Product considerations

A wide variety of punctal plugs are currently available from numerous manufacturers, but in general there are three basic categories: short-term temporary plugs, long-term temporary plugs, and permanent plugs. The short-term variety, such as the VeraC7,™ are composed of collagen and designed to be absorbed completely in 7-10 days. Practitioners should think of collagen plugs as a diagnostic tool to determine if punctal occlusion will be well-tolerated by the patient. Long-term temporary plugs are composed of synthetic polymers that absorb more slowly than collagen. The Vera90™ is made of ε-caprolactone/L-lactide copolymer (PCL), a substance that absorbs in 60 to 180 days. Lacrivera’s temporary plugs are 2.0 mm in length and reside completely within the canaliculus once inserted. They come in 0.3, 0.4 and 0.5 mm diameters to accommodate a range of punctal openings. Long-term temporary plugs are an excellent option for patients that may be expected to have self-limited DED issues, such as those anticipating refractive or cataract surgery. In addition, these can be used for patients who have been identified as good candidates for punctal occlusion, but suffer from awareness with conventional punctal plugs that have exposed caps along the lid margin.

Permanent plugs are composed of non-dissolvable materials, most commonly silicone, although some hydrogel and acrylic devices are also available. The VeraPlug™ and VeraPlug™ FlexFit™ are both silicone plugs designed in the Freeman style. Both products are available in multiple sizes to accommodate various sized punctal openings, but the newer FlexFit™ offers a unique nose technology that collapses upon insertion, thereby allowing for easier sizing and placement. Lacrivera also offers a product designed to provide partial occlusion. The VeraPlug™ Flow has a narrow inner channel that reduces, but does not completely eliminate tear outflow. It is ideally suited for patients who benefit from punctal occlusion, but experience epiphora with standard permanent plugs.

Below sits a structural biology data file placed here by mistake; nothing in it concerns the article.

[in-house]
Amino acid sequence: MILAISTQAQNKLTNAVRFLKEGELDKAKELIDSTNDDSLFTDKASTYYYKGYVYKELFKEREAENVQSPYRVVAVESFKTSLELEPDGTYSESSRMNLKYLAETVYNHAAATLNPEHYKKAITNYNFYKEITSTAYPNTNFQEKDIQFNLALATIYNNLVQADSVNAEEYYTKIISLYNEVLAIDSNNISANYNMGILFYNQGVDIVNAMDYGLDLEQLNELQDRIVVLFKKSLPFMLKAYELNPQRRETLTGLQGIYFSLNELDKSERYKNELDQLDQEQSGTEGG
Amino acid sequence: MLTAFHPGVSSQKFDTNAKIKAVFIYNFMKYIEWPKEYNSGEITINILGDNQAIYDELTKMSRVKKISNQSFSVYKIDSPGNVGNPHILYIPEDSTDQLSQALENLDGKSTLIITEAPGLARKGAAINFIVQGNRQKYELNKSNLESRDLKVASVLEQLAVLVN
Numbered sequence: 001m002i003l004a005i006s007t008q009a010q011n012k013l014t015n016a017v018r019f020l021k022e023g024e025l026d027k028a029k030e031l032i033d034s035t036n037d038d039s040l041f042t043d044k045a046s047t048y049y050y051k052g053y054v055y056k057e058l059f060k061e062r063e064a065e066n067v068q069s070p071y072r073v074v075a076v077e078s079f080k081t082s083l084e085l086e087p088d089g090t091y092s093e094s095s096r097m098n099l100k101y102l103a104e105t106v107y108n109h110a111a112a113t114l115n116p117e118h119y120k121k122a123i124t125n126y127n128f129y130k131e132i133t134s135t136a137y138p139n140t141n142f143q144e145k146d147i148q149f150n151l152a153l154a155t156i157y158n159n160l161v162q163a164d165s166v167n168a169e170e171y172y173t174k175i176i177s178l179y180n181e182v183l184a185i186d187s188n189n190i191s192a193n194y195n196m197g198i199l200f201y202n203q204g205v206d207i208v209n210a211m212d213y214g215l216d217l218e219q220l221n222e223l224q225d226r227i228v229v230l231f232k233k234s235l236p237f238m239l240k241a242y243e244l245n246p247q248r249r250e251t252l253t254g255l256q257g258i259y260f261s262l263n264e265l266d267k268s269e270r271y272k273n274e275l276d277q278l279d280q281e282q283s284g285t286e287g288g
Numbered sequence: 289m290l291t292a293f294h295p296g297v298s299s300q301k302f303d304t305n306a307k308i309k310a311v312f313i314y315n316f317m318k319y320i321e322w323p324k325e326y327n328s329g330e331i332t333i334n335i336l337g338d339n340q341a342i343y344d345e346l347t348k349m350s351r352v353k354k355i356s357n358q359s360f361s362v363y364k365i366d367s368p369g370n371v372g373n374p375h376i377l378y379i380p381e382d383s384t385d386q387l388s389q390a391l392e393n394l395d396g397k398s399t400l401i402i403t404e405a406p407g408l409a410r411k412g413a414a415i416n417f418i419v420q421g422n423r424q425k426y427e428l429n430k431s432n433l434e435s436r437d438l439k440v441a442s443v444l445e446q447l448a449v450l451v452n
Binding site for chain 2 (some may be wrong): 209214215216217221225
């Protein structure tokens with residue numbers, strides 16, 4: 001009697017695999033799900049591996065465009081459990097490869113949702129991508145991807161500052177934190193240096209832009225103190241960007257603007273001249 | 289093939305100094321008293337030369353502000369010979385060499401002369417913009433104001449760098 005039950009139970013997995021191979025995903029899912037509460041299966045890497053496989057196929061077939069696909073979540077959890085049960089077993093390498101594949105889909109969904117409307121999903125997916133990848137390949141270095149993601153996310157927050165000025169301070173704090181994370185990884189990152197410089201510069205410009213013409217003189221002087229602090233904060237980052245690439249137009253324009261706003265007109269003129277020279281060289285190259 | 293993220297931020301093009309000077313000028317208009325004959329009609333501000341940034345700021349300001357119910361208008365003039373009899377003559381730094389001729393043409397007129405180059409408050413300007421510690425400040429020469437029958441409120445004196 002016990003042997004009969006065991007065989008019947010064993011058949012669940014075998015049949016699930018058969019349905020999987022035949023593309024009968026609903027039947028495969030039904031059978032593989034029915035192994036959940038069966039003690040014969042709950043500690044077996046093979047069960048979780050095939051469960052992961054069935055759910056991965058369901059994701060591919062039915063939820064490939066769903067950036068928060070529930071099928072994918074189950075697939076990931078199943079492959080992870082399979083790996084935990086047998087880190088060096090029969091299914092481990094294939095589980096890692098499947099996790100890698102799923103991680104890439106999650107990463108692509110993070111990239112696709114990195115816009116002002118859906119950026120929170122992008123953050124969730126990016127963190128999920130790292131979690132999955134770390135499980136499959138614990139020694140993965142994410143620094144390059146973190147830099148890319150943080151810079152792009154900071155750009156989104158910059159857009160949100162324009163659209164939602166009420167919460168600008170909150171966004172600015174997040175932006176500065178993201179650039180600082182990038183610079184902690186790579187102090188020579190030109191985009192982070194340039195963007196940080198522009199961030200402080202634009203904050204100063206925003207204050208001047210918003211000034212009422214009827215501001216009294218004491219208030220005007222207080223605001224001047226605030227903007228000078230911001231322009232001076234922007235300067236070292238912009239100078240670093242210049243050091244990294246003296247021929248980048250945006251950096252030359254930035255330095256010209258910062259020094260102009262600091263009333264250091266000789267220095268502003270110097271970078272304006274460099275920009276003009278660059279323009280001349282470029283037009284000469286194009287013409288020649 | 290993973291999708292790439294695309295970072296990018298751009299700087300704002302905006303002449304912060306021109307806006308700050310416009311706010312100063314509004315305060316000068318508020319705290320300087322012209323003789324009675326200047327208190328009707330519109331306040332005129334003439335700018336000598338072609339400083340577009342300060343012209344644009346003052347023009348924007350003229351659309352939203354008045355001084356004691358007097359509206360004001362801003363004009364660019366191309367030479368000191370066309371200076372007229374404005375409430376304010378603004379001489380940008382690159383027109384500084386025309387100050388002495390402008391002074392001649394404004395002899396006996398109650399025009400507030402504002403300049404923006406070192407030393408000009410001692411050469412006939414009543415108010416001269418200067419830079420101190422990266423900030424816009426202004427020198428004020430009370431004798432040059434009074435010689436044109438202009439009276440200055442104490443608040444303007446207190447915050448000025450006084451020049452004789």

Regardless of which occlusion device is used, billing and coding remains consistent. Reimbursement is identical for short-term collagen, long-term synthetic inserts and silicone punctal plugs, although most third-party payers limit the frequency that a provider can bill for this service. Checking with the patient’s carrier before carrying out these procedures helps to avoid denials and appeals.

The take-home message

While punctal occlusion may not be a new therapy, it has proven its value time and time again. Despite setbacks, research and expert consensus validates this treatment modality as a beneficial aspect of DED therapy. Earlier intervention with punctal occlusion makes sense in a great many cases, particularly those outlined here. And while addressing ocular surface inflammation is of great importance, concomitant tear conservation with punctal occlusion appears to further diminish signs and symptoms in those with DED. Unquestionably, these devices should be utilized much more frequently than current trends indicate. Incorporating the use of punctal plugs in one’s practice helps to expand its therapeutic reach, enhance its financial health and achieve greater overall patient satisfaction.